This week’s stealth appointment of two new judges to the Supreme Court of Canada draws sharp attention to the severity of Canada’s democratic deficit.
On Tuesday Justice Minister Irwin Cotler nominated Ontario Court of Appeal Justices Louise Charron and Rosalie Abella to Canada’s Supreme Court. On Wednesday, a committee of seven MPs and two legal experts were allowed to ask questions, not of Charron and Abella themselves, only of Cotler. Then, given just Thursday to deliberate and draft a report on the “choices” before them, this committee must submit its advice to the prime minister today.
Of course, the nominations would stand regardless of questions asked, or the committee’s recommendations, said Cotler. In other words, the whole process was a public relations ploy, to give a cloak of legitimacy to the naked power exercised by the prime minister.
While Cotler claims this limited scrutiny of the nominees was to avoid politicizing the appointment process, the Supreme Court voting record reveals just how political these decisions already are: judges are deeply divided on both philosophical and ideological grounds.
Consider the records of the two retiring judges. Justice Louise Arbour was arguably the most liberal, activist judge on the court, with Justice Frank Iacobucci not far behind her. In the 2002 Gossellin case, Arbour suggested governments must actively provide Canadians with a minimum level of social assistance. According to her, government budgetary concerns couldn’t justify limiting the constitutional right to welfare.
Iacobucci’s majority opinion in the 1998 Vriend case discovered a new right in the Alberta Human Rights Act, even though it had been considered and rejected by the provincial legislature: a textbook case of judicial legislation. He had also previously argued (in the 1995 Egan case) that financial constraints were no excuse for not extending pension benefits to same-sex couples. Such judgments give courts a dangerous “power of the purse” never intended for the unelected, unaccountable judicial branch.
Canadians will find out soon enough what to expect from their replacements. Over the next five months the Supreme Court will hear cases that could change the legal definition of marriage, discover a constitutional right to welfare, and entrench the federal provision of maternity leave benefits.
The Liberal government has been accused of hiding behind the courts on the controversial matter of same sex marriage since deciding not to appeal a 1998 Ontario court decision that extended tax-funded pension benefits same sex couples. Whether or not the new appointments are part of a strategy of avoiding responsibility for which they were elected, it is relevant that both Charron and Abella have issued judgments extending the benefits associated with marriage to same sex couples.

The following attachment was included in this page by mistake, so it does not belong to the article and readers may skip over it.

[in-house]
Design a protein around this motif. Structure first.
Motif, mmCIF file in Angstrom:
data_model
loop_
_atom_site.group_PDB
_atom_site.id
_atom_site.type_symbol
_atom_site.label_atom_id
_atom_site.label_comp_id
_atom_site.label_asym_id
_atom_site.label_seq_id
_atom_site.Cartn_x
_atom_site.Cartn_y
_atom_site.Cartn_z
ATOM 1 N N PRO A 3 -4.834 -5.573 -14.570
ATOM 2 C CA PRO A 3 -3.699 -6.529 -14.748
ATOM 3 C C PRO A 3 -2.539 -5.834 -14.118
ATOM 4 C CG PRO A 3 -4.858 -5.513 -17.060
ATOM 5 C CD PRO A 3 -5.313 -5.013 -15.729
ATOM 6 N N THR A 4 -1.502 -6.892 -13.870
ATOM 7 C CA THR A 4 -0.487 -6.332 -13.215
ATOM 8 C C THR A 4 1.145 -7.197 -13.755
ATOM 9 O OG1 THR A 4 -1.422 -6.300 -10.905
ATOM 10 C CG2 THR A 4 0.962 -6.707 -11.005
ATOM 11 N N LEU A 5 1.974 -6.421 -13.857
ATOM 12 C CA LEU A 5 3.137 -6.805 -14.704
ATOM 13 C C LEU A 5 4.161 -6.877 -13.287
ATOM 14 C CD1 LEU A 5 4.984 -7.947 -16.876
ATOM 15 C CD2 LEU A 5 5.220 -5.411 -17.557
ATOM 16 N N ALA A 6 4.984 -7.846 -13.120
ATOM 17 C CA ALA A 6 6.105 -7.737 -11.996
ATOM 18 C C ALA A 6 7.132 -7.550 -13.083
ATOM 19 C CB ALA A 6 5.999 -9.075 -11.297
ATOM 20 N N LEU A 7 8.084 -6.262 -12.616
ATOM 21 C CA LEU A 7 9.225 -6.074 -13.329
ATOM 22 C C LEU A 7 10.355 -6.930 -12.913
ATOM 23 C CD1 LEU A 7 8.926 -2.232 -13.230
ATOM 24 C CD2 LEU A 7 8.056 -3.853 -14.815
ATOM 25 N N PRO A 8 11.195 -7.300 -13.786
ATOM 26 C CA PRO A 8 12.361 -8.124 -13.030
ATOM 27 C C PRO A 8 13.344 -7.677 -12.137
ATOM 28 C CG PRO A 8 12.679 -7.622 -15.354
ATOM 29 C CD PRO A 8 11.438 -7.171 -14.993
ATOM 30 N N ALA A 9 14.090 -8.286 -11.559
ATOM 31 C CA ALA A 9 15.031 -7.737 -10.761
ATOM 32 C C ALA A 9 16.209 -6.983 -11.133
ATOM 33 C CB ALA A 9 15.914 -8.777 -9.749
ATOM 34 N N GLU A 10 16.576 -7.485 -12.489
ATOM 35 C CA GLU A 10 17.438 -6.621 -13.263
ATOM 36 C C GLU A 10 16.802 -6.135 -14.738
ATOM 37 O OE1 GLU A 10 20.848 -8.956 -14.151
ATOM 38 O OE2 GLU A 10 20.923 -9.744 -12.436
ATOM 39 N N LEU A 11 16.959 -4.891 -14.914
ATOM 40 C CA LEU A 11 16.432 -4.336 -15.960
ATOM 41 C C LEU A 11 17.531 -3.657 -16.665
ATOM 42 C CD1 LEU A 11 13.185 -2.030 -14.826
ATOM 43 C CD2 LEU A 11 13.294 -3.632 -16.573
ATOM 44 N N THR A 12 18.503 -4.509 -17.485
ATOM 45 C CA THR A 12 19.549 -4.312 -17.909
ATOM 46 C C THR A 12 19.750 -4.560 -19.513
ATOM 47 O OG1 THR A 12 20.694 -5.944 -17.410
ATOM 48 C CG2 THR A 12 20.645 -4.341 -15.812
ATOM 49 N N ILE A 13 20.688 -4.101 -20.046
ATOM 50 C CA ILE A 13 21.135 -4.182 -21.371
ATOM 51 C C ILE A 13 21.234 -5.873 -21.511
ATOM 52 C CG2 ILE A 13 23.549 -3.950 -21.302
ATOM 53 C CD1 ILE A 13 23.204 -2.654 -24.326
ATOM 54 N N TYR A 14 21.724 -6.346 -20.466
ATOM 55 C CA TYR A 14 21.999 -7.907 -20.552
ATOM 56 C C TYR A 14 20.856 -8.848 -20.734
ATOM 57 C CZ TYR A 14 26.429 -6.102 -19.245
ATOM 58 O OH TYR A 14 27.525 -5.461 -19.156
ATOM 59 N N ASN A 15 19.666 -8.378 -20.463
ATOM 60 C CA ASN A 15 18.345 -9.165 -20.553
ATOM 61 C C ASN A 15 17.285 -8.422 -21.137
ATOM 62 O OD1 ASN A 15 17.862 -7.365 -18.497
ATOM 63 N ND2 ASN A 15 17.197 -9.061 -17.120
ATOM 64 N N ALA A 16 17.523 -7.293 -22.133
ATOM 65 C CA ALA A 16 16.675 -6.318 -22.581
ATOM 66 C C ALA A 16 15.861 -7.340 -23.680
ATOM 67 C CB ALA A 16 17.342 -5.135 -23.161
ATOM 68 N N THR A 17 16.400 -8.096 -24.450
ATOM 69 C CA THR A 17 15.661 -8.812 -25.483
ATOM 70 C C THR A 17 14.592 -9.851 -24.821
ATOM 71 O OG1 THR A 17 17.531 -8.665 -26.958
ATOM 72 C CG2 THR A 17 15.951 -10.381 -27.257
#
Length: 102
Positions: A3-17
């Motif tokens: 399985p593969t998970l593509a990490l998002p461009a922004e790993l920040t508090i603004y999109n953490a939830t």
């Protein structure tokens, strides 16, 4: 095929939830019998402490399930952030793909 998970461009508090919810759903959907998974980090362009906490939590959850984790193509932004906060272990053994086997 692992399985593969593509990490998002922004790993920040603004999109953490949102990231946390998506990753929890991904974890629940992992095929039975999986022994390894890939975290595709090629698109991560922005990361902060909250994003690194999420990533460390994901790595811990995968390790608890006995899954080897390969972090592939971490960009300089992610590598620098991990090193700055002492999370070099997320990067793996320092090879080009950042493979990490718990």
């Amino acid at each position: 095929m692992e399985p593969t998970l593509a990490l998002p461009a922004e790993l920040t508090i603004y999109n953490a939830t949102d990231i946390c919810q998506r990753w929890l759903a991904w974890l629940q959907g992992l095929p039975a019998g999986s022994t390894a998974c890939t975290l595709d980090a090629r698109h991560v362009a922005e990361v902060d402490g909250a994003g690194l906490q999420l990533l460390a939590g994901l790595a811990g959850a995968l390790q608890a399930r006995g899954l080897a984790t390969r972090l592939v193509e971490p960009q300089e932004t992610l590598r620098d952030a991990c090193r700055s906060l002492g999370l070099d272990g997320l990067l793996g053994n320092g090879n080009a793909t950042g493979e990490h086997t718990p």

The author of the Ontario decision, not incidentally, was none other than Abella, who has argued in favour of using the courts as agent of social change: “While elected governments may wait for changing attitudes in order to preserve public confidence and credibility,” courts should serve as the vanguard.
It was also Abella who, as author of the 1984 Report of the Royal Commission on Equality in Employment, coined the term “employment equity.” She has a fluid view of rights: “Rights are a work in progress, but there can be no progress without the courts.”
The problem is, rights can mean different things to different people, and to different judges. Abella, for instance, distinguishes between civil liberties, “a concept of rights that requires the state not to interfere with our liberties,” and human rights, which “cannot be realized without the state’s intervention.” She adamantly favors the latter.
Considering the social and economic costs of state intervention, Canadians have every right to know this. Aged 53 and 58 respectively, Charron and Abella are guaranteed their spots on Canada’s top court until they hit mandatory retirement at age 75. They could entrench its activist course for years to come.
As Abella has herself noted, “every decision-maker who walks into a court room to hear a case is armed not only with the relevant legal text, but with a set of values, experiences and assumptions that are thoroughly embedded.”
Too bad for Canadians that she was not allowed to explain her own.